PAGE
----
The new generation of free, large-scale college courses offered over the Internet was supposed to make higher education, particularly at elite universities, accessible to to the masses. But a new survey of massive open online course, or MOOC, users show that most people who enroll are “elite, young and male” and already have a college degree.
The courses can enroll tens of thousands of students, though providers says as few as 1 in 10 students typically complete a course.
The University of Pennsylvania surveyed 34,779 students who enrolled in courses taught by Penn professors on Coursera. Both U.S. and international students were likely to already have a college degree, according to the Chronicle of Higher Education:
The Penn researchers sent the survey to students who had registered for a MOOC and viewed at least one video lecture. More than 80 percent of the respondents had a two- or four-year degree, and 44 percent had some graduate education.
The pattern was true not only of MOOC students in the United States but also learners in other countries. In some foreign countries where MOOCs are popular, such as Brazil, China, India, Russia, and South Africa, “80 percent of MOOC students come from the wealthiest and most well educated 6 percent of the population,” according to the paper.
In other developing countries, about 80 percent of the MOOC students surveyed already held college degrees—a number staggeringly out of proportion with the share of degree holders in the general population.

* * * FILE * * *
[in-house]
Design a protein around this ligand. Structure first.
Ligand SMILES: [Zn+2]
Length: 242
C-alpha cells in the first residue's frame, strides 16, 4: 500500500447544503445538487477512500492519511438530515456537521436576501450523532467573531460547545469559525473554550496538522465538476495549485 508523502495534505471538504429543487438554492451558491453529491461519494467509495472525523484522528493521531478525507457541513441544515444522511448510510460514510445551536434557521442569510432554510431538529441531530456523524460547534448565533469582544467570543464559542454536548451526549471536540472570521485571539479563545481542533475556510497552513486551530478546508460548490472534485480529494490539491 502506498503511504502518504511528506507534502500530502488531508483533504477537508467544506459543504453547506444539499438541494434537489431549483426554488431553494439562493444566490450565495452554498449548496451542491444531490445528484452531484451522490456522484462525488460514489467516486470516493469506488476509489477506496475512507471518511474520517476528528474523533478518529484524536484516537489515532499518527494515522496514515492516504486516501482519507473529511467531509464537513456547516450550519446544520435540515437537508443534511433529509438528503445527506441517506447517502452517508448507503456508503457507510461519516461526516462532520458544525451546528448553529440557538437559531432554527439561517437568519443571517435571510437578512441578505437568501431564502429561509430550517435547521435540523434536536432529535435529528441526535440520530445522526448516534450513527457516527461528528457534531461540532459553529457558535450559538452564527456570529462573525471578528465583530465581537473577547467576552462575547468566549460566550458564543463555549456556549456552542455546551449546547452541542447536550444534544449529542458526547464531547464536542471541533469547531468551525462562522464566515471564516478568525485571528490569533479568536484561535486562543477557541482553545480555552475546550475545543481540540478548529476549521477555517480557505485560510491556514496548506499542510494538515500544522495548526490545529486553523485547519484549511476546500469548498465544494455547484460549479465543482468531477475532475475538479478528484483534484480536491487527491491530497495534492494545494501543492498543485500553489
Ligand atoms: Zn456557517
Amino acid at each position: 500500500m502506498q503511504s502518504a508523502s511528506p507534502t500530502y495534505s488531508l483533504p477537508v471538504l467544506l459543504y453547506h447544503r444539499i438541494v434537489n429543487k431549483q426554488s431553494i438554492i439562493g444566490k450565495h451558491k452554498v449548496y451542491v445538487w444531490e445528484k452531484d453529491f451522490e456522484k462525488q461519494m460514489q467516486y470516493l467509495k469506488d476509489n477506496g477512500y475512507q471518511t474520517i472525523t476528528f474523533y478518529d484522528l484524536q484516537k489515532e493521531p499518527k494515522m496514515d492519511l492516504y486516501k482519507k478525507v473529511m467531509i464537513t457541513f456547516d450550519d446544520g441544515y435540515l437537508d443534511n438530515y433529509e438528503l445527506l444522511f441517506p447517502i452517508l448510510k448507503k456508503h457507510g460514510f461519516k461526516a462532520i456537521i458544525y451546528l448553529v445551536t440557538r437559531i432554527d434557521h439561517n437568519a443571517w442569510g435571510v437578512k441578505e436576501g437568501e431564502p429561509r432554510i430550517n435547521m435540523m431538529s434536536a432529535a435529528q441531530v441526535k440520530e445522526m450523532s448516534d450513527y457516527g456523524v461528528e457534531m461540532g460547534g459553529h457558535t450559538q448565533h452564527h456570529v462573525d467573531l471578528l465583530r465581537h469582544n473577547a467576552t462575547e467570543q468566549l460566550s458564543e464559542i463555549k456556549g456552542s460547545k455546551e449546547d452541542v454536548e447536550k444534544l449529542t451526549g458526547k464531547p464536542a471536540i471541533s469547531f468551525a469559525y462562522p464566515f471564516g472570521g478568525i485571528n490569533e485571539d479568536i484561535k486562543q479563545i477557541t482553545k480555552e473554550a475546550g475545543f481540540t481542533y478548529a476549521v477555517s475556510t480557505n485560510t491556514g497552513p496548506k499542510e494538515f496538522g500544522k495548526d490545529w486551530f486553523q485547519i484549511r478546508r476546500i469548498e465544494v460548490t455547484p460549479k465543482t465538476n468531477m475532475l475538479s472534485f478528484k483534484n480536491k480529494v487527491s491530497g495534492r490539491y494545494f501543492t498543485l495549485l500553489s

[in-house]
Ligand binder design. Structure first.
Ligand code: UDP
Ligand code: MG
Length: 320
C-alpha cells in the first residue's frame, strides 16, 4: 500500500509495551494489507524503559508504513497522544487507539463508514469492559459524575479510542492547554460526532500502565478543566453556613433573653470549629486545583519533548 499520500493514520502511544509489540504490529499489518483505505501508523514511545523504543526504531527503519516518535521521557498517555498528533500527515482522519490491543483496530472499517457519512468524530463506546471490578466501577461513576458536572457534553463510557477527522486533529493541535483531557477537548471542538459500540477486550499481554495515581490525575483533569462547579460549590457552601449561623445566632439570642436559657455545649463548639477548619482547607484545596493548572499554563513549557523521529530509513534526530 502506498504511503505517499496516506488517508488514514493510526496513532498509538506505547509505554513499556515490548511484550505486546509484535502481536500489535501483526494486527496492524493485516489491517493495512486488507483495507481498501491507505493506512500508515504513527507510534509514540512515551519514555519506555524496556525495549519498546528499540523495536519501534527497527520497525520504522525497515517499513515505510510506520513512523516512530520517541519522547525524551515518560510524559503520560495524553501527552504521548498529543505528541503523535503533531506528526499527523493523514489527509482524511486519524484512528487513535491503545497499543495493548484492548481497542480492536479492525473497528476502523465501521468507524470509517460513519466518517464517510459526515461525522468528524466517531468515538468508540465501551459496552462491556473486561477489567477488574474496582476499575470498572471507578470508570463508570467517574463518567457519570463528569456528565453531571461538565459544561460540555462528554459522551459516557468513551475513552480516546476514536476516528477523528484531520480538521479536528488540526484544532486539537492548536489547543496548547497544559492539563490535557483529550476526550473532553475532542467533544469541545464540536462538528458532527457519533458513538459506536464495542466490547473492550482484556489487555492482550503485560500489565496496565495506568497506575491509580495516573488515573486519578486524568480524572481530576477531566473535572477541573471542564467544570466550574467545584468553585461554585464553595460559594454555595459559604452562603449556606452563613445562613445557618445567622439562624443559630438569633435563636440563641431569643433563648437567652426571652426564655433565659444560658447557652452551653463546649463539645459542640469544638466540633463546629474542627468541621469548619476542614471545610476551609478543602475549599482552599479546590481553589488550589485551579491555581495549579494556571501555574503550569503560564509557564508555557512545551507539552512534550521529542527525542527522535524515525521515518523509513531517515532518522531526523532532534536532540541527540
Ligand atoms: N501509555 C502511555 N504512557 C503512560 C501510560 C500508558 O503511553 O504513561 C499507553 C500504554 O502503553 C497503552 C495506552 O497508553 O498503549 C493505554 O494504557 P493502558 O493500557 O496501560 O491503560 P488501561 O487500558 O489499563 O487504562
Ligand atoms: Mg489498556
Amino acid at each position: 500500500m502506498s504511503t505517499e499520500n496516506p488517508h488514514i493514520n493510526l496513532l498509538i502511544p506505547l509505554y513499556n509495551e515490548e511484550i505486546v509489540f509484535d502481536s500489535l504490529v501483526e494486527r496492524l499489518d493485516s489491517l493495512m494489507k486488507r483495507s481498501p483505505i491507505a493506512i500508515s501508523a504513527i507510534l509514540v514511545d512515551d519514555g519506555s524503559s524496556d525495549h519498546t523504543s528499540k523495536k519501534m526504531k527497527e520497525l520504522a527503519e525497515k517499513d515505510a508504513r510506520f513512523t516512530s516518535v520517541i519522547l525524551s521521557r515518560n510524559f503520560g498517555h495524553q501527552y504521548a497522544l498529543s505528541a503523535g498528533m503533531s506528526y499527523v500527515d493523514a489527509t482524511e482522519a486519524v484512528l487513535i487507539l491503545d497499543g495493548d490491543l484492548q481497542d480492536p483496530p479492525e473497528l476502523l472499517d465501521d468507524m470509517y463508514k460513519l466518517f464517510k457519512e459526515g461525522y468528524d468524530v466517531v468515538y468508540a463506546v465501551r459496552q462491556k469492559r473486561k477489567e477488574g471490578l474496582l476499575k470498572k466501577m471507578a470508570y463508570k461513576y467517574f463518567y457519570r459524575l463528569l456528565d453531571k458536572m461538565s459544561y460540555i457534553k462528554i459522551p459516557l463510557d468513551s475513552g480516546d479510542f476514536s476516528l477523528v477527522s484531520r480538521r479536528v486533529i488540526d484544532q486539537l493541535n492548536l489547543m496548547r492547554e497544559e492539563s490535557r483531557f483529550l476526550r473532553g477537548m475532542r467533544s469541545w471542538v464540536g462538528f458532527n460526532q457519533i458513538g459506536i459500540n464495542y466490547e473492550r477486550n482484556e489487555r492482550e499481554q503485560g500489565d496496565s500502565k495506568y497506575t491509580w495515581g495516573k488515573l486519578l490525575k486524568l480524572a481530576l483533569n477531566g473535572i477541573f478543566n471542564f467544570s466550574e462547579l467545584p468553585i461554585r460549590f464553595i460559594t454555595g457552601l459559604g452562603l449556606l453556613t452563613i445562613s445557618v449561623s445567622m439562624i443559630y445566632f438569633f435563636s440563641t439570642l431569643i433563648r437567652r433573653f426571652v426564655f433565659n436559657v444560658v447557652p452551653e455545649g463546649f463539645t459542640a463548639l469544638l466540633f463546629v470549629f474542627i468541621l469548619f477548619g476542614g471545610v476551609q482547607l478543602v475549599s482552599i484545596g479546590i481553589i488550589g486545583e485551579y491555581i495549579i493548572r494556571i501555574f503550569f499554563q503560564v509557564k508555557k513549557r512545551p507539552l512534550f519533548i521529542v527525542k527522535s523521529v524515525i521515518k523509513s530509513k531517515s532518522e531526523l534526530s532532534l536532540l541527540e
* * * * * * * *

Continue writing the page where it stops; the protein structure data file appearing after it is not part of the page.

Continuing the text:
“Far from realizing the high ideals of their advocates, MOOCs seem to be reinforcing the advantages of the ‘haves’ rather than educating the ‘have-nots,'” wrote survey author Ezekiel J. Emanuel. “Better access to technology and improved basic education are needed world-wide before MOOCs can genuinely live up to their promise.”
At Slate, Rebecca Schuman notes the changing focus of another MOOC provider, Udacity, from college courses to corporate training. Udacity struck a high-profile deal with San Jose State University earlier this year, but the university put the partnership on hold due to poor student results.
Schuman argues MOOCs are likely to only work for privileged students and criticizes Udacity CEO Sebastian Thrun for saying Udacity wasn’t a good fit for San Jose State students because they were “from difficult neighborhoods, without good access to computers, and with all kinds of challenges in their lives” :
The problem, of course, is that those students represent the precise group MOOCs are meant to serve. “MOOCs were supposed to be the device that would bring higher education to the masses,” Jonathan Rees noted. “However, the masses at San Jose State don’t appear to be ready for the commodified, impersonal higher education that MOOCs offer.” Thrun’s cavalier disregard for the SJSU students reveals his true vision of the target audience for MOOCs: students from the posh suburbs, with 10 tablets apiece and no challenges whatsoever—that is, the exact people who already have access to expensive higher education.
It is more than galling that Thrun blames students for the failure of a medium that was invented to serve them, instead of blaming the medium that, in the storied history of the “correspondence” course (“TV/VCR repair”!), has never worked. For him, MOOCs don’t fail to educate the less privileged because the massive online model is itself a poor tool. No, apparently students fail MOOCs because those students have the gall to be poor, so let’s give up on them and move on to the corporate world, where we don’t have to be accountable to the hoi polloi anymore, or even have to look at them, because gross.